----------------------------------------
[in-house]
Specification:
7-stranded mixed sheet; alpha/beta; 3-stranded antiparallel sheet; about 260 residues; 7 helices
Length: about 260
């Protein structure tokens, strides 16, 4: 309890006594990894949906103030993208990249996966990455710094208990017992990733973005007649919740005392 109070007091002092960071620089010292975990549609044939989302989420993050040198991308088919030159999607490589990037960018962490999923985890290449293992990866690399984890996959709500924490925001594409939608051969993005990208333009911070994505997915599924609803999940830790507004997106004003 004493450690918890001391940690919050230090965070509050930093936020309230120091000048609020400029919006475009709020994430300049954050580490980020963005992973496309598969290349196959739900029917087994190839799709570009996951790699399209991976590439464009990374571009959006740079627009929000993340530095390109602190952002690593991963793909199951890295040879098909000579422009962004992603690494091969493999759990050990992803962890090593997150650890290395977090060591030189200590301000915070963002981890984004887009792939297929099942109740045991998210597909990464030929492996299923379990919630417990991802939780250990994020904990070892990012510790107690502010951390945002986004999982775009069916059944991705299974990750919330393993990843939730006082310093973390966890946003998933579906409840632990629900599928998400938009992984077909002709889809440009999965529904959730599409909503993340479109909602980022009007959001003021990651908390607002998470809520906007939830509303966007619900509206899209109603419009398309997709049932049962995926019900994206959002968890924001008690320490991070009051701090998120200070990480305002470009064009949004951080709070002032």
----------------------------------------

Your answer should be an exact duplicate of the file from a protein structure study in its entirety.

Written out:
[in-house]
Specification:
7-stranded mixed sheet; alpha/beta; 3-stranded antiparallel sheet; about 260 residues; 7 helices
Length: about 260
């Protein structure tokens, strides 16, 4: 309890006594990894949906103030993208990249996966990455710094208990017992990733973005007649919740005392 109070007091002092960071620089010292975990549609044939989302989420993050040198991308088919030159999607490589990037960018962490999923985890290449293992990866690399984890996959709500924490925001594409939608051969993005990208333009911070994505997915599924609803999940830790507004997106004003 004493450690918890001391940690919050230090965070509050930093936020309230120091000048609020400029919006475009709020994430300049954050580490980020963005992973496309598969290349196959739900029917087994190839799709570009996951790699399209991976590439464009990374571009959006740079627009929000993340530095390109602190952002690593991963793909199951890295040879098909000579422009962004992603690494091969493999759990050990992803962890090593997150650890290395977090060591030189200590301000915070963002981890984004887009792939297929099942109740045991998210597909990464030929492996299923379990919630417990991802939780250990994020904990070892990012510790107690502010951390945002986004999982775009069916059944991705299974990750919330393993990843939730006082310093973390966890946003998933579906409840632990629900599928998400938009992984077909002709889809440009999965529904959730599409909503993340479109909602980022009007959001003021990651908390607002998470809520906007939830509303966007619900509206899209109603419009398309997709049932049962995926019900994206959002968890924001008690320490991070009051701090998120200070990480305002470009064009949004951080709070002032």